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DJ Microphones

Types of DJ Microphones

Traditionally, DJs have used either dynamic or condenser microphones. Dynamic microphones are reliable for beginners as they can capture voices even at high sound pressure levels. Due to their unique design, these microphones can be used easily without unwanted distortion from the surrounding noise or musical instruments.

In contrast, condenser microphones incorporate a thin conductive diaphragm close to a metal back plate. Since these mics use capacitance instead of the moving coils, sound quality is often better than the dynamic mic in a closed environment; however, if the sound pressure levels are higher, then it's better to use dynamic microphones.

Wired vs. wireless DJ microphone

The decision to select a wired or wireless microphone should depend on your individual requirements. For instance, it's well-known that wired mics and stand mics such as Shure SM58 are standard across the industry. On the other hand, any comparable wireless microphone is probably at least three times as expensive as most benchmark wired DJ microphones. While the sound quality is not an issue anymore, most wired microphones offer a more dynamic range to play with your voice.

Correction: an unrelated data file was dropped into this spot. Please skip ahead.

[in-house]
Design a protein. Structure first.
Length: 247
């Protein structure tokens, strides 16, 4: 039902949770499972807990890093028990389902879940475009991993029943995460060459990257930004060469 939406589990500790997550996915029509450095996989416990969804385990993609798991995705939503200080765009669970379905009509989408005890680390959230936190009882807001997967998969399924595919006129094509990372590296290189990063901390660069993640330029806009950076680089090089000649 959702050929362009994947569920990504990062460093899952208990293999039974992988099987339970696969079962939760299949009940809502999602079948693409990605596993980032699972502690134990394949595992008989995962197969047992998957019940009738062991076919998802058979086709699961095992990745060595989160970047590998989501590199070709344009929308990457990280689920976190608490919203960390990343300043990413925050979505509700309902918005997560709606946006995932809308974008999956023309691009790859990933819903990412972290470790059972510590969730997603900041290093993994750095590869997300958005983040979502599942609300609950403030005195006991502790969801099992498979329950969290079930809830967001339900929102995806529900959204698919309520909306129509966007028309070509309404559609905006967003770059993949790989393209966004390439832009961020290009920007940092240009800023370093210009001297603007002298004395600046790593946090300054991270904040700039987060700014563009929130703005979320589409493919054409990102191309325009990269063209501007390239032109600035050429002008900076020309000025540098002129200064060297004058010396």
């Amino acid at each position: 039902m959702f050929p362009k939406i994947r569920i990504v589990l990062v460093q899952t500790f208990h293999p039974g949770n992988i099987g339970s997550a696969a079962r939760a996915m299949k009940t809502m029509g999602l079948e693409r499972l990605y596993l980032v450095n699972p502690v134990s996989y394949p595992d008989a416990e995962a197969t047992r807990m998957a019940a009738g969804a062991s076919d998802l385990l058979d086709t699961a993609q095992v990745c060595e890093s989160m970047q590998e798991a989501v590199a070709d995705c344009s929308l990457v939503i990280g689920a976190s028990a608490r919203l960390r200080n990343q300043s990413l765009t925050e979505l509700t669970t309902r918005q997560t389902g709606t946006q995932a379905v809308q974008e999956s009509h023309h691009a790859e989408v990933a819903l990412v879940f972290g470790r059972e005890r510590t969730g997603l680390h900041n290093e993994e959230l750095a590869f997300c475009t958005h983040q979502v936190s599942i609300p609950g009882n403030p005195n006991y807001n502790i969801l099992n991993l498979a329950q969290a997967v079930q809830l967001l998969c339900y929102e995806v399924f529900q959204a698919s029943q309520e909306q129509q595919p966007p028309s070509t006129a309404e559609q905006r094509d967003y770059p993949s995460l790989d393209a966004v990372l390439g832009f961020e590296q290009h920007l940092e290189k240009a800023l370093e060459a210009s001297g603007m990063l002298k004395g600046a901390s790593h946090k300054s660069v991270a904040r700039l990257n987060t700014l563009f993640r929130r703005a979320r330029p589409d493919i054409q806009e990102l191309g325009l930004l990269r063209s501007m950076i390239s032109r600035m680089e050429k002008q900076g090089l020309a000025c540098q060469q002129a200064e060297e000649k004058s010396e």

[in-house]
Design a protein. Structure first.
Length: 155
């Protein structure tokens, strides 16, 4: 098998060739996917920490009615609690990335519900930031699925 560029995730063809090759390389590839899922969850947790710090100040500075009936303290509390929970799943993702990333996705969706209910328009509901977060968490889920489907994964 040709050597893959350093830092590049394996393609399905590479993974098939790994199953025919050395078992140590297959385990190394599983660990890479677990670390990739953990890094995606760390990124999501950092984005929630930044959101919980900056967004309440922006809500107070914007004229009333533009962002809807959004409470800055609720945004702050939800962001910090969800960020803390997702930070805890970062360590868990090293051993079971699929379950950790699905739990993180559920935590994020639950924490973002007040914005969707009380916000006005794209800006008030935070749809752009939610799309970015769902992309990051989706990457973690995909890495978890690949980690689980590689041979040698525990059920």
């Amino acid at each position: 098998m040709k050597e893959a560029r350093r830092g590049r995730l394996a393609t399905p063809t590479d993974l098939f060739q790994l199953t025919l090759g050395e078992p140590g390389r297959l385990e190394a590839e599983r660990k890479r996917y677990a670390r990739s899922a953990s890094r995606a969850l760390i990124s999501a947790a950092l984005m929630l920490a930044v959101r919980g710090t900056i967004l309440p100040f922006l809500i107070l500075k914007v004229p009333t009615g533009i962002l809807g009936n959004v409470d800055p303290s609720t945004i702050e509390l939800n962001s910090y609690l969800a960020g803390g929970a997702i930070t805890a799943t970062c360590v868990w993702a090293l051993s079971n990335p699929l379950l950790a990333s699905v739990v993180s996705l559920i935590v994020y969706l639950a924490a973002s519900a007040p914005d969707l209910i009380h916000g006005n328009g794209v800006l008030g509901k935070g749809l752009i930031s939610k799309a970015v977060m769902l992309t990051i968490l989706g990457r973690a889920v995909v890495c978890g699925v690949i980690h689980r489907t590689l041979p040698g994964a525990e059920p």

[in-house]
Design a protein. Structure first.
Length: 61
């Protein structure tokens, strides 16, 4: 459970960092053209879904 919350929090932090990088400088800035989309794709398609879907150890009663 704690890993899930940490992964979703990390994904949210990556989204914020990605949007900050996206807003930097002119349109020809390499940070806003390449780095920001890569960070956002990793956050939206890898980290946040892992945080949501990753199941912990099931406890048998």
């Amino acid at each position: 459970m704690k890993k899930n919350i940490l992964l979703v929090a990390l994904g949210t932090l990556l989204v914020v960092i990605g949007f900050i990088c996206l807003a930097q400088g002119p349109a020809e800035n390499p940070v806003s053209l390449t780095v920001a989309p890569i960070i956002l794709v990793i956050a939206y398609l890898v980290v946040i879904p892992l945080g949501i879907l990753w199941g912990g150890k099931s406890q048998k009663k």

In contrast, if you don't want to deal with plenty of cables or if you need to move consistently, a wireless microphone will do the job. When using a wireless microphone, you don't need to worry about battery drainage and setting up complicated connections. In fact, the plug-and-play technology makes it easier for DJs to start working as soon as they buy the wireless microphone.

Despite the flexibility of a wireless mic or lapel mics, DJs should remember that wireless microphones need to work on certain frequencies. Just make sure that you know what frequencies to use in another country because it can be a hassle to use wireless microphones in countries that use different frequencies.

When should you use a ribbon microphone?

Ribbon microphones became very popular in the 1950s and 1960s. Just like most things in those days, these stand-alone and headset mics were well built and offered great sound quality when sitting inside a recording studio. Nowadays, they are making a comeback as they can offer good quality sound in an acoustic environment. They are also great for a vintage vibe and can relay a variety of ambient sounds. If you regularly do vintage music or use instruments such as vocals, choirs, piano, strings, and woodwind, ribbon microphones can be a great asset.









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